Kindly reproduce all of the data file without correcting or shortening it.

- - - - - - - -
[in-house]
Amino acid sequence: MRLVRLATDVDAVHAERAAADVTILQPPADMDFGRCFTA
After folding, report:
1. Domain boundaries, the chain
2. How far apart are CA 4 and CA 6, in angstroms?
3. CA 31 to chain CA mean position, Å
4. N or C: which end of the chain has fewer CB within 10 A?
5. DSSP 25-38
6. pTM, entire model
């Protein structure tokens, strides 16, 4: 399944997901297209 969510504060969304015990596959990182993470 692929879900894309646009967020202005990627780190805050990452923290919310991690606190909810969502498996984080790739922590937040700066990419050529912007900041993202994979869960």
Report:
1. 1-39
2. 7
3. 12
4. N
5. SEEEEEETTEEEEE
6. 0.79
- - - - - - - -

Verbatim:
[in-house]
Amino acid sequence: MRLVRLATDVDAVHAERAAADVTILQPPADMDFGRCFTA
After folding, report:
1. Domain boundaries, the chain
2. How far apart are CA 4 and CA 6, in angstroms?
3. CA 31 to chain CA mean position, Å
4. N or C: which end of the chain has fewer CB within 10 A?
5. DSSP 25-38
6. pTM, entire model
């Protein structure tokens, strides 16, 4: 399944997901297209 969510504060969304015990596959990182993470 692929879900894309646009967020202005990627780190805050990452923290919310991690606190909810969502498996984080790739922590937040700066990419050529912007900041993202994979869960």
Report:
1. 1-39
2. 7
3. 12
4. N
5. SEEEEEETTEEEEE
6. 0.79